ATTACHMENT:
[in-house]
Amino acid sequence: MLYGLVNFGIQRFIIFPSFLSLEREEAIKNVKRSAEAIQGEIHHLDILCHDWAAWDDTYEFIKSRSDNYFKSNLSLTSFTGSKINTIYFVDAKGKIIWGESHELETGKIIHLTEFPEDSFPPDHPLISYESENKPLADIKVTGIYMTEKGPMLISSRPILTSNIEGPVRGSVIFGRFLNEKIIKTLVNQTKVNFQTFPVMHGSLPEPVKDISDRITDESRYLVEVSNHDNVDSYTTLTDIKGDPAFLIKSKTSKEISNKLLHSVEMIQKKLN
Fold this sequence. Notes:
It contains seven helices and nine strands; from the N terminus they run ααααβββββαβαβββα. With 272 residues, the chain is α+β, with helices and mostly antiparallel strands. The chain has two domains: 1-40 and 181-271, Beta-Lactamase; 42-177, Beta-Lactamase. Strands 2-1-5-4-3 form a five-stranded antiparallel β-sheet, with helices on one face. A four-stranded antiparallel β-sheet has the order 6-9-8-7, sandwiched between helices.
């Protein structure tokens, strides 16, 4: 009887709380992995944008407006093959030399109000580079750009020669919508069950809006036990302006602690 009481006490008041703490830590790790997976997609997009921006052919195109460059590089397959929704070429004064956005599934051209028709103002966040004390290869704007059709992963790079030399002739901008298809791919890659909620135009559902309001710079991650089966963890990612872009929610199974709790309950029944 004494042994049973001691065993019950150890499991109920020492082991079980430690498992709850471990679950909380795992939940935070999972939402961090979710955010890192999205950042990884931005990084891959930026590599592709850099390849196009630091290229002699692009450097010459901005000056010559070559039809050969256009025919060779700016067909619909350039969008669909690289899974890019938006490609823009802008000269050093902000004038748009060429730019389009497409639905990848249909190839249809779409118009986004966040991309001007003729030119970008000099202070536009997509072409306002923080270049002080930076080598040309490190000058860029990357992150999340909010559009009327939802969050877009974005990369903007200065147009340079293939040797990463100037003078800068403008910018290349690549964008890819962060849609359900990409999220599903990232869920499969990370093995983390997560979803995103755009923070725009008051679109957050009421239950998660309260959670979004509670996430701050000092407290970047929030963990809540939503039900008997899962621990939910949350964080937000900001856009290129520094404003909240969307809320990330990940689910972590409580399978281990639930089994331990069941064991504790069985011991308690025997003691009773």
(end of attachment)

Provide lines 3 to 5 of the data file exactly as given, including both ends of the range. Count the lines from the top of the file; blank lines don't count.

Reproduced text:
Fold this sequence. Notes:
It contains seven helices and nine strands; from the N terminus they run ααααβββββαβαβββα. With 272 residues, the chain is α+β, with helices and mostly antiparallel strands. The chain has two domains: 1-40 and 181-271, Beta-Lactamase; 42-177, Beta-Lactamase. Strands 2-1-5-4-3 form a five-stranded antiparallel β-sheet, with helices on one face. A four-stranded antiparallel β-sheet has the order 6-9-8-7, sandwiched between helices.
């Protein structure tokens, strides 16, 4: 009887709380992995944008407006093959030399109000580079750009020669919508069950809006036990302006602690 009481006490008041703490830590790790997976997609997009921006052919195109460059590089397959929704070429004064956005599934051209028709103002966040004390290869704007059709992963790079030399002739901008298809791919890659909620135009559902309001710079991650089966963890990612872009929610199974709790309950029944 004494042994049973001691065993019950150890499991109920020492082991079980430690498992709850471990679950909380795992939940935070999972939402961090979710955010890192999205950042990884931005990084891959930026590599592709850099390849196009630091290229002699692009450097010459901005000056010559070559039809050969256009025919060779700016067909619909350039969008669909690289899974890019938006490609823009802008000269050093902000004038748009060429730019389009497409639905990848249909190839249809779409118009986004966040991309001007003729030119970008000099202070536009997509072409306002923080270049002080930076080598040309490190000058860029990357992150999340909010559009009327939802969050877009974005990369903007200065147009340079293939040797990463100037003078800068403008910018290349690549964008890819962060849609359900990409999220599903990232869920499969990370093995983390997560979803995103755009923070725009008051679109957050009421239950998660309260959670979004509670996430701050000092407290970047929030963990809540939503039900008997899962621990939910949350964080937000900001856009290129520094404003909240969307809320990330990940689910972590409580399978281990639930089994331990069941064991504790069985011991308690025997003691009773």